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# Ajima Naonobu

Ajima Naonobu (安島直円?, 1732 – 1798), also known as Ajima Chokuyen, was a Japanese mathematician of the Edo period.[1]

Ajima is credited with introducing calculus into Japanese mathematics. This significance of this innovaction is not diminished by a likelihood that he had access to European writings on the subject.[2]

Ajima was an astronomer at the Shogun's Observatory (Bakufu Temmongaki).[3]

In 1976, the International Astronomical Union (IAU) honored Ajima by identifying a crater on the moon with his name. Naonobu is a small lunar impact crater located on the eastern Mare Fecunditatis, to the northwest of the prominent crater Langrenus.[4]

Selected works

Ajima's published writings encompass 28 works in 33 publications in 2 languages and 45 library holdings.[5]

This is an incomplete list, which may never be able to satisfy particular standards for completeness. You can help by expanding it with reliably sourced entries.

* Ajima Naonobu zenshū (安島直円全集?) "017232052" OCLC 017232052, collected works

* Sanpō kosō (算法考艸?) OCLC 22057185881, algorithms considered

* Jujireki bimmo (Introduction of the 'Works and Days Calendar')[3]

* Anshi seiyo-reki koso (Ajima's Studies for Western Calendars)[3]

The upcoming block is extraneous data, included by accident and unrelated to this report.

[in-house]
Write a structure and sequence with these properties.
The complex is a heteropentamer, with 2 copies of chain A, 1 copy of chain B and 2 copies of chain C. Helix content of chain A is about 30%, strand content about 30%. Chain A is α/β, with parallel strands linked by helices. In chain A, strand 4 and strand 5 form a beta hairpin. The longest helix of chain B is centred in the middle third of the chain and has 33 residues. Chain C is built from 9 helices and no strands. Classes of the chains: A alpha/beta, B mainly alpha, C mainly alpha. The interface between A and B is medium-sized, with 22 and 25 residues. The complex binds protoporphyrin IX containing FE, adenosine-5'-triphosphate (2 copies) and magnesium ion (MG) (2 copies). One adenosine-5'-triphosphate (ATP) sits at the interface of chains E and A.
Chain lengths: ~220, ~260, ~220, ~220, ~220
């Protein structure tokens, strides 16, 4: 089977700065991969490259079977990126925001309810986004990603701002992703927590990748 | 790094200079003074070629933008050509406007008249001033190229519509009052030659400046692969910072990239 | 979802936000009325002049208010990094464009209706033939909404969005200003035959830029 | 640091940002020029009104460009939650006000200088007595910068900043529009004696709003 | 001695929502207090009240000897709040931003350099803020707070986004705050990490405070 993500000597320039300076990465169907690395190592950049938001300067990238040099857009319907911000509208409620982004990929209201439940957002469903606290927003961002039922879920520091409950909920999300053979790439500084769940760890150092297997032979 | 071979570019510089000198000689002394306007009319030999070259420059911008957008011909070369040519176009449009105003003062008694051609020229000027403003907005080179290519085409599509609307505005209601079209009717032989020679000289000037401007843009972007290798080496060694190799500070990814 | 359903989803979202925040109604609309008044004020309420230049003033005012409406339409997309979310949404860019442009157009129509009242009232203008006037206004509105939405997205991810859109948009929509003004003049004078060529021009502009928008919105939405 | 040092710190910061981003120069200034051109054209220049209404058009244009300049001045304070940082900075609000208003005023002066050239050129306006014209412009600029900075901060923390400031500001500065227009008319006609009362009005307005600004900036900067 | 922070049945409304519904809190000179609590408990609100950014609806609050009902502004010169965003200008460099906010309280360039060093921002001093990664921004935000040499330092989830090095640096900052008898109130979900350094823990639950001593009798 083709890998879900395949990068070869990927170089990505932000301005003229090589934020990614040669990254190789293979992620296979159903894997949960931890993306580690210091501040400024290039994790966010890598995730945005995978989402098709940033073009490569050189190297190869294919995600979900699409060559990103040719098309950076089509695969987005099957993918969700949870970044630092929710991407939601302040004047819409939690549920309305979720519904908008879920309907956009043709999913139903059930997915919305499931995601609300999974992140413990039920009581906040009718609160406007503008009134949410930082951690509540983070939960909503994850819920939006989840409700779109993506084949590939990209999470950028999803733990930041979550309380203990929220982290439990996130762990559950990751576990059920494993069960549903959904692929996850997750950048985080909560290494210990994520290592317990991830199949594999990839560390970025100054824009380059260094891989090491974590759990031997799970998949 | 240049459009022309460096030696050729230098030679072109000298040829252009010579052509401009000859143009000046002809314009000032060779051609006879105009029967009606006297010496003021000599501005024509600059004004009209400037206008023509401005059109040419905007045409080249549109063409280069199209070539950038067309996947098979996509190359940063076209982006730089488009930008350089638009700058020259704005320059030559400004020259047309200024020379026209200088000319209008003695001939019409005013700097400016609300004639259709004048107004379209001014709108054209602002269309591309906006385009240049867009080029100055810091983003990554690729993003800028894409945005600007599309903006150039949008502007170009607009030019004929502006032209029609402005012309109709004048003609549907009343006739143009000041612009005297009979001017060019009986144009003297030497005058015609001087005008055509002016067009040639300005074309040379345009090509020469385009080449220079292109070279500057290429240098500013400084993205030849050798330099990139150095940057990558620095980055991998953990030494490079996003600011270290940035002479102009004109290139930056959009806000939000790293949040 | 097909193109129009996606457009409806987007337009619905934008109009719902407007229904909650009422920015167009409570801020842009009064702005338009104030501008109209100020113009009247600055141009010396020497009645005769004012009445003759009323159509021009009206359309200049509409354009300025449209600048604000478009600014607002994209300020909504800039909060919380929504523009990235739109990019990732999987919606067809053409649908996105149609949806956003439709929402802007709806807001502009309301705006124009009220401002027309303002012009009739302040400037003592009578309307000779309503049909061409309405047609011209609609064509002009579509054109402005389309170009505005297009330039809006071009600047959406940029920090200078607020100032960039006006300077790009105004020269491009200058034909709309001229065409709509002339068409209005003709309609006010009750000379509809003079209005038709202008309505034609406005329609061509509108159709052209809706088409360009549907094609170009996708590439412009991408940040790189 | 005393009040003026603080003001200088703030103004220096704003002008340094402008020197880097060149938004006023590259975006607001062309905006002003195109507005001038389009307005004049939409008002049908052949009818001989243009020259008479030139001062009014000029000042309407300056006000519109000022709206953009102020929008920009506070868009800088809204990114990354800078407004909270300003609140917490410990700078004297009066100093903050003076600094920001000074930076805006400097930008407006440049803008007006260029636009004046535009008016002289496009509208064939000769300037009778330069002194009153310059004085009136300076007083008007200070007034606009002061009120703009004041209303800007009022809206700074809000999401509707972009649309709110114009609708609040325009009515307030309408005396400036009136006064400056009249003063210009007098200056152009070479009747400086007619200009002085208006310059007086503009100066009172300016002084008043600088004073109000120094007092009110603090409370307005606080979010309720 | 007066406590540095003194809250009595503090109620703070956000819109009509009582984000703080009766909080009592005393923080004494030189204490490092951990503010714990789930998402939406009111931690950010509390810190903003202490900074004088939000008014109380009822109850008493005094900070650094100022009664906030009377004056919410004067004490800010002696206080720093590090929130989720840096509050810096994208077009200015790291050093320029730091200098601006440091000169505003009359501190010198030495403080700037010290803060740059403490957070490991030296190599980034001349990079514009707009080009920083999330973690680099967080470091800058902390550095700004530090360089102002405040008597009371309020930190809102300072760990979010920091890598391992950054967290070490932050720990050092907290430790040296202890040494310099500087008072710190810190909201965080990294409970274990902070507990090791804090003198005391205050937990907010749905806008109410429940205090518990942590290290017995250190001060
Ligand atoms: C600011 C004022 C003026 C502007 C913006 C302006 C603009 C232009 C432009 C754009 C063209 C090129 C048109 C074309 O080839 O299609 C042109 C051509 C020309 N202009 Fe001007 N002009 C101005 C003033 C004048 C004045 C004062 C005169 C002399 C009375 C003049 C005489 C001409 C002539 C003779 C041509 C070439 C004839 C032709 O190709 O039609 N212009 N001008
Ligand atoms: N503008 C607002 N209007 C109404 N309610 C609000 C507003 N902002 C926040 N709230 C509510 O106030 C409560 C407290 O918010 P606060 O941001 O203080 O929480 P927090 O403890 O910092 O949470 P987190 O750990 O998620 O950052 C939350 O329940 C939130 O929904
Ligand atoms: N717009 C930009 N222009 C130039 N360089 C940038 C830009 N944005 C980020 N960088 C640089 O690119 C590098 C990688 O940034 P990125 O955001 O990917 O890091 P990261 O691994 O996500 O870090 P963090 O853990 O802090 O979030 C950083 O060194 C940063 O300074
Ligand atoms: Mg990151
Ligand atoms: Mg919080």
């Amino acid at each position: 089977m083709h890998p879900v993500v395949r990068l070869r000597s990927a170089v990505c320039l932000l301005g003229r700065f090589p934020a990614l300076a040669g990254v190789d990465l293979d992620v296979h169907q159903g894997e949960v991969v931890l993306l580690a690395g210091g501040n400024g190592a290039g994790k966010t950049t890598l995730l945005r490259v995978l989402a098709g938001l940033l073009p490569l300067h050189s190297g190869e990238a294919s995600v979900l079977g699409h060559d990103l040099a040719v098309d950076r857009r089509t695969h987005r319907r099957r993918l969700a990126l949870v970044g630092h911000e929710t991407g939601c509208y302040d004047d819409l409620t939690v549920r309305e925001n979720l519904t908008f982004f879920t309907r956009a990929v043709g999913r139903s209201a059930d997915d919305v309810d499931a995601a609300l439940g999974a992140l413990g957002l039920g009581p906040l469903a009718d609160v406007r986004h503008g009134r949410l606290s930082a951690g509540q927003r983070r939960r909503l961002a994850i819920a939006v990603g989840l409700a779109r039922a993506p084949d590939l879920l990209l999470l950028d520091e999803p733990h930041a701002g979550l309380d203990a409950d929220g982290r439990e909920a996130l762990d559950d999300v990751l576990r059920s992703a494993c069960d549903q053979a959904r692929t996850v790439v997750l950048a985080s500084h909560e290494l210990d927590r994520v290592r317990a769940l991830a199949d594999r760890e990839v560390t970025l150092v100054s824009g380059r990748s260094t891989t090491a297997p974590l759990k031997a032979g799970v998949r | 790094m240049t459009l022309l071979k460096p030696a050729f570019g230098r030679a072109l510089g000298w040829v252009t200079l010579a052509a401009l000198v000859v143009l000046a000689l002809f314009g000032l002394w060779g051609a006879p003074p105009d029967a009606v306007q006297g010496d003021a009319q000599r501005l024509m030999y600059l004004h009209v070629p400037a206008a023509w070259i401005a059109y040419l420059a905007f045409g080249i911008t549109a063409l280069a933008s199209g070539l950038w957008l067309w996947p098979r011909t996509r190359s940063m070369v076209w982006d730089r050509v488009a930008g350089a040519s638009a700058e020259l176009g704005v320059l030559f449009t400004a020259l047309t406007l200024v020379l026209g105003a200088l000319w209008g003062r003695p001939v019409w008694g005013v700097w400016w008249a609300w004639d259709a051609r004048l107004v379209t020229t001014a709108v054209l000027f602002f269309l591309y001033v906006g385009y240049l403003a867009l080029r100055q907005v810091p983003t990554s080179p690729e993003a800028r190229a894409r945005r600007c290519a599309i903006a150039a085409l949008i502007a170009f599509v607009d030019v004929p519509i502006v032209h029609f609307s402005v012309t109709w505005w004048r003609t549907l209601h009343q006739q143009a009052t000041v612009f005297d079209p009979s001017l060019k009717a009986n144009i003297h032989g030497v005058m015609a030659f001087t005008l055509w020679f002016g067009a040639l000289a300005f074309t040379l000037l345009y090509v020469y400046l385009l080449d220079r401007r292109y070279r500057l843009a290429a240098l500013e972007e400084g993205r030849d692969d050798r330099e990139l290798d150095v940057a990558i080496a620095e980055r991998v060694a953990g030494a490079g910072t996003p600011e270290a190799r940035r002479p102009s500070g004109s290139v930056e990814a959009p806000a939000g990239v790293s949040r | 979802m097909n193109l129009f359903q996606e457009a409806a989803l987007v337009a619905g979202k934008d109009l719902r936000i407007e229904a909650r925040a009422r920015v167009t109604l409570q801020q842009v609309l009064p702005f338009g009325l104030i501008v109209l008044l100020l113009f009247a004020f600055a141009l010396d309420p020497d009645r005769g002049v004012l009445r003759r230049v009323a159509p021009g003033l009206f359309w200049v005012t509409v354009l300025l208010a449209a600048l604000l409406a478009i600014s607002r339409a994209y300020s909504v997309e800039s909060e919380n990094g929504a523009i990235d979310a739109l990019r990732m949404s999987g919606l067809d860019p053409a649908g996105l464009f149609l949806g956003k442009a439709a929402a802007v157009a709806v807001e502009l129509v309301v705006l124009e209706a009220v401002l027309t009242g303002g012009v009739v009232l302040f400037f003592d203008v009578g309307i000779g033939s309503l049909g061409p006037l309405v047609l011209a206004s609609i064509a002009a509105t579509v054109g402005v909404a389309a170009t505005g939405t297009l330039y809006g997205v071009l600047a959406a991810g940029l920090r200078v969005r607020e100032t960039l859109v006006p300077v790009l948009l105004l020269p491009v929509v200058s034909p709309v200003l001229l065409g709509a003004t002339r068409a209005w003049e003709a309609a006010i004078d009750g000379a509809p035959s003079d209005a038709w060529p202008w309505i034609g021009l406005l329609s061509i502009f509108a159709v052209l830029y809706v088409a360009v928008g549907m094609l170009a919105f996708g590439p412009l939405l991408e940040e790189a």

* Ajima sensei bimmo do jutsu (Methods of Professor Ajima's 'bimmo' )[3]

* Koshoku mokyu zokkai (Introduction of Eclipses of the Sun and the Moon)[6]

* Sansha San'en Jutsu (Methods of Three Diagonals and Three Circles)[7]

See also

* Sangaku, the custom of presenting mathematical problems, carved in wood tablets, to the public in shinto shrines

* Soroban, a Japanese abacus

* Japanese mathematics (wasan)

Notes

1. ^ Smith, David. (1914). A History of Japanese Mathematics, pp. 195-205. at Google Books

2. ^ Restivo, Sal P. (1992). Mathematics in Society and History: Sociological Inquiries, p. 58. at Google Books

3. ^ a b c d Jochi, Shigeru. (1997). "Ajima Naonobu," Encyclopaedia of the History of Science, Technology, and Medicine in Non-Western Cultures, p. 38. at Google Books

4. ^ United States Geological Survey: Planetary names, Naonobu; Naonobu lunar crater (in Japanese)

5. ^ WorldCat Identities: 安島直円 1739-1798

6. ^ Jochi, pp. 38-39. at Google Books

7. ^ Jochi, p. 39. at Google Books

References

* Endō Toshisada (1896). History of mathematics in Japan (日本數學史史 , Dai Nihon sūgakush?). Tōkyō: _____. OCLC 122770600

* Oya, Shin'ichi. (1970). "Ajima Naonobu" in Dictionary of Scientific Biography, Vol. 1. New York: Charles Scribner's Sons. 10-ISBN 0684101149

* Restivo, Sal P. (1992). Mathematics in Society and History: Sociological Inquiries. Dordrecht: Kluwer Academic Publishers. 10-ISBN 0792317653/13-ISBN 9780792317654; OCLC 25709270

* Selin, Helaine. (1997). Encyclopaedia of the History of Science, Technology, and Medicine in Non-Western Cultures. Dordrecht: Kluwer/Springer. 10-ISBN 0792340663/13-ISBN 9780792340669; OCLC 186451909

* David Eugene Smith and Yoshio Mikami. (1914). A History of Japanese Mathematics. Chicago: Open Court Publishing. OCLC 1515528 -- note alternate online, full-text copy at archive.org

External links

* Sangaku

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